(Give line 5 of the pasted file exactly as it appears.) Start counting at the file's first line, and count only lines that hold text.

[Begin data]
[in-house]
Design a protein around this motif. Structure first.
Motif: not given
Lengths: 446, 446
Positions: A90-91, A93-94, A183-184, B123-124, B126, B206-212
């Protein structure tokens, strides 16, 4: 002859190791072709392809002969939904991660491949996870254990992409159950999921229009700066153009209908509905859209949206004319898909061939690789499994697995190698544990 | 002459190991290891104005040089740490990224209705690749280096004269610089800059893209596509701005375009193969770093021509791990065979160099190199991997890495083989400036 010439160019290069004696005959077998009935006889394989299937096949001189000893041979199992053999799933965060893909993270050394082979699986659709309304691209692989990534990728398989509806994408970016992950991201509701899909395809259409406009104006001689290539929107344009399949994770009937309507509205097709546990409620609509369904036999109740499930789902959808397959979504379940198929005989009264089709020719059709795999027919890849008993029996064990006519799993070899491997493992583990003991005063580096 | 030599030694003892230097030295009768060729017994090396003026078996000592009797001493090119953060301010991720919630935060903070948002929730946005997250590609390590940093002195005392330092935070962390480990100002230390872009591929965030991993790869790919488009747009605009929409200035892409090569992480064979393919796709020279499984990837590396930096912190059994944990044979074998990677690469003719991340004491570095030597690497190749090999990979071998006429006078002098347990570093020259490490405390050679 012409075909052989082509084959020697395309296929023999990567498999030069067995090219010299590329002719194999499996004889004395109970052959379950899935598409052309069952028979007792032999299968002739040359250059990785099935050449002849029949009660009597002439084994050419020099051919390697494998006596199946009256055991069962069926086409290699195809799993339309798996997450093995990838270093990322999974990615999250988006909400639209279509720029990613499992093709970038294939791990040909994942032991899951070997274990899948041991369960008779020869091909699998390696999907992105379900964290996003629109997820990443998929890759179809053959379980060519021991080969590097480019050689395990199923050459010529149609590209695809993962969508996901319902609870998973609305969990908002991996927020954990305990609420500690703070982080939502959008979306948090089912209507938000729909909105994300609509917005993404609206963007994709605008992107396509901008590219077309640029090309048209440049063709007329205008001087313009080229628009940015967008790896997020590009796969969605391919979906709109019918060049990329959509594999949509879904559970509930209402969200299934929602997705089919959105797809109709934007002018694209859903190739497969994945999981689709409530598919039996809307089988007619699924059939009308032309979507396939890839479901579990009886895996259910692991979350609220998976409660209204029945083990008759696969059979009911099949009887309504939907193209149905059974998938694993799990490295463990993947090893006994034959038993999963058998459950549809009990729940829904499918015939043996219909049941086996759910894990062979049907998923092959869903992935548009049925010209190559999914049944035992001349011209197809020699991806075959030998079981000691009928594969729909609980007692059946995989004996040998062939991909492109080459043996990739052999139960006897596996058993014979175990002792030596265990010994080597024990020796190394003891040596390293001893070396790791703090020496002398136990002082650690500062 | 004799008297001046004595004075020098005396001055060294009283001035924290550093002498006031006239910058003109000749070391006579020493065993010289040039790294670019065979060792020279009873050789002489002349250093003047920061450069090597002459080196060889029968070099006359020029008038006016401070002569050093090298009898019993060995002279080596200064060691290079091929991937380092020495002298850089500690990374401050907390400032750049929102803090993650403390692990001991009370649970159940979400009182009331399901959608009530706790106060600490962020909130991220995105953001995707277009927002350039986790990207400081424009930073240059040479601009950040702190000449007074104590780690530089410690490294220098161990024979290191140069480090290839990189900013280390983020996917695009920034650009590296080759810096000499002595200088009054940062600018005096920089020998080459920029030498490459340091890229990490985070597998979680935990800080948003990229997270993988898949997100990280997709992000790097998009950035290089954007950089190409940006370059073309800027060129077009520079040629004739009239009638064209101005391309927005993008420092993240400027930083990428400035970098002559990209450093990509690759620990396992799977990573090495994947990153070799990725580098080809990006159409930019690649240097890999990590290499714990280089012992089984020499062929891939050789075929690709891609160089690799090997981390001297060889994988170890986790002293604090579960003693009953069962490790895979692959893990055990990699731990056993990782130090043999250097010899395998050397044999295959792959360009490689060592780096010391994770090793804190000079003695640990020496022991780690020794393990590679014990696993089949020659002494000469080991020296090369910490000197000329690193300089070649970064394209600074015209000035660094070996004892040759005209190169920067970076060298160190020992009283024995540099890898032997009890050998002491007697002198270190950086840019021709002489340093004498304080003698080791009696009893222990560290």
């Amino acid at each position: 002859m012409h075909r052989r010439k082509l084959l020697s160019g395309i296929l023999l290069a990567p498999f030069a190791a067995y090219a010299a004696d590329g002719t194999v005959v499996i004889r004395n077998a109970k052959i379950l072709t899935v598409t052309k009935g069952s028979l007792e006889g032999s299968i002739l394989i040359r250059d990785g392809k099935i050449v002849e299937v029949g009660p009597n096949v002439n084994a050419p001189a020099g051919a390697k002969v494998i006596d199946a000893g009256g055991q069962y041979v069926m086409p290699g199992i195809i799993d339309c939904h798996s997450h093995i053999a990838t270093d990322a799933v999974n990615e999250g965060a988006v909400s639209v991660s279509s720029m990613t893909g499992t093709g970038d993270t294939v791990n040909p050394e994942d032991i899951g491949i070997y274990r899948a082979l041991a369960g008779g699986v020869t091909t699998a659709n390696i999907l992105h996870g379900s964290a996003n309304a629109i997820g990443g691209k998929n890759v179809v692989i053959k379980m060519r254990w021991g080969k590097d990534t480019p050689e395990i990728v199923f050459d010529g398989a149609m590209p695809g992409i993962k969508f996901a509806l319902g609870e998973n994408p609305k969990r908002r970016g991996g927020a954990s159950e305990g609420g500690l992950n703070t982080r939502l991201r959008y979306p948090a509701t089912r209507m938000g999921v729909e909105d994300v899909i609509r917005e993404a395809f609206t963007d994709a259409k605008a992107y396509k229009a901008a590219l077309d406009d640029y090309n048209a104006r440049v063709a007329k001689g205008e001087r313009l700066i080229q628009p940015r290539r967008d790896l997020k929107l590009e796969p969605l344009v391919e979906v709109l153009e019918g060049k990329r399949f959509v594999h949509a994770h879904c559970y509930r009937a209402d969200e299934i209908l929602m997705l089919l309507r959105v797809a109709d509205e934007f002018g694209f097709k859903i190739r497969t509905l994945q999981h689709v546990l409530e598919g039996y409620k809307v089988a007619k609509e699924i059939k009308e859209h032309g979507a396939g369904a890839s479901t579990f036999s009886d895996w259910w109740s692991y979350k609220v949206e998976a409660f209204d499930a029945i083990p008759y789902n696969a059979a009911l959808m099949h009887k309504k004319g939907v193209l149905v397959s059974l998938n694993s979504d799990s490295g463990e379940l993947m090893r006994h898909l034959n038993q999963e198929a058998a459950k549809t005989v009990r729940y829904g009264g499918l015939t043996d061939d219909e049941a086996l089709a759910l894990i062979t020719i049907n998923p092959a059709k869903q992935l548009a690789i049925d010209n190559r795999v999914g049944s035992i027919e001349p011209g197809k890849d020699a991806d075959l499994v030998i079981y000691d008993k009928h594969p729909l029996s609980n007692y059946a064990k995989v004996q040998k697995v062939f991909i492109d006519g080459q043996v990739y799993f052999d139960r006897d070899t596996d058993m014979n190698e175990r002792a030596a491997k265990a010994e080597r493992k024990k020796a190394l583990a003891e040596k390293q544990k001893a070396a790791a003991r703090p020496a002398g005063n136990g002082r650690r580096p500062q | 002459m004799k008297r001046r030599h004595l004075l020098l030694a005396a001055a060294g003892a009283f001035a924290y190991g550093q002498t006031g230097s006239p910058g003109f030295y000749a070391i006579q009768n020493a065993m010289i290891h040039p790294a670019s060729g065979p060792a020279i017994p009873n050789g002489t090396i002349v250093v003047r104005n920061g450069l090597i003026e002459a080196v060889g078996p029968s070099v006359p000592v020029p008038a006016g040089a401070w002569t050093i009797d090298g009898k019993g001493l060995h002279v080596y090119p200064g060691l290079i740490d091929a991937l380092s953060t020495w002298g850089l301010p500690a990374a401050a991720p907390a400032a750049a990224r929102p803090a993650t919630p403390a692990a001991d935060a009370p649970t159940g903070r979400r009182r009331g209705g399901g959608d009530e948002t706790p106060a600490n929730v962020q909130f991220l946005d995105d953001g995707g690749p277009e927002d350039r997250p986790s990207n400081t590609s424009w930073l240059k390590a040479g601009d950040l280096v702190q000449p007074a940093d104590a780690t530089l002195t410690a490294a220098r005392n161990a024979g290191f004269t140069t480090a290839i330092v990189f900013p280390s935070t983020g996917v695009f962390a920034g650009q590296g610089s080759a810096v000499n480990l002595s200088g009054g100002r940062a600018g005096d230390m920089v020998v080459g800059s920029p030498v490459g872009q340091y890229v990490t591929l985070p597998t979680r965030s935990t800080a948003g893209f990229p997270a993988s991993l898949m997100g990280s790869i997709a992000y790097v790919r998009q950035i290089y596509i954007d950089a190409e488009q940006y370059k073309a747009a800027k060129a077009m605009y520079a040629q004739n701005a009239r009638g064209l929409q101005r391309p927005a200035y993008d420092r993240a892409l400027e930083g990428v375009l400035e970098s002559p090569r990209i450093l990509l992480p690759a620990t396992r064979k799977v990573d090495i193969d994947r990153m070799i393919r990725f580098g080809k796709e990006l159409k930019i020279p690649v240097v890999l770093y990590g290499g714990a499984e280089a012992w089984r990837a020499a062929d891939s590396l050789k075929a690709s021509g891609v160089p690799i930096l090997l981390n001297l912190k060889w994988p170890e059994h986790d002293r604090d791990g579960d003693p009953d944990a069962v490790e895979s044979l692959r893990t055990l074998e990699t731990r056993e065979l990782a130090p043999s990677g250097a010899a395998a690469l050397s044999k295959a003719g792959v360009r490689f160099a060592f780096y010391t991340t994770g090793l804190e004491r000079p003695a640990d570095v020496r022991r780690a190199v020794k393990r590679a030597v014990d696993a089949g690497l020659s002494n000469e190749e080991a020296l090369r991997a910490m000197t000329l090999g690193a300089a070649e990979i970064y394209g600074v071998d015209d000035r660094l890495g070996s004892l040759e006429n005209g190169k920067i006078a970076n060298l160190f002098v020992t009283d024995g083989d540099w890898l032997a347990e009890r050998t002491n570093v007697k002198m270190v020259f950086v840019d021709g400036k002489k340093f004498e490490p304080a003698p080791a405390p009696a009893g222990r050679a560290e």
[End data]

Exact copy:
Positions: A90-91, A93-94, A183-184, B123-124, B126, B206-212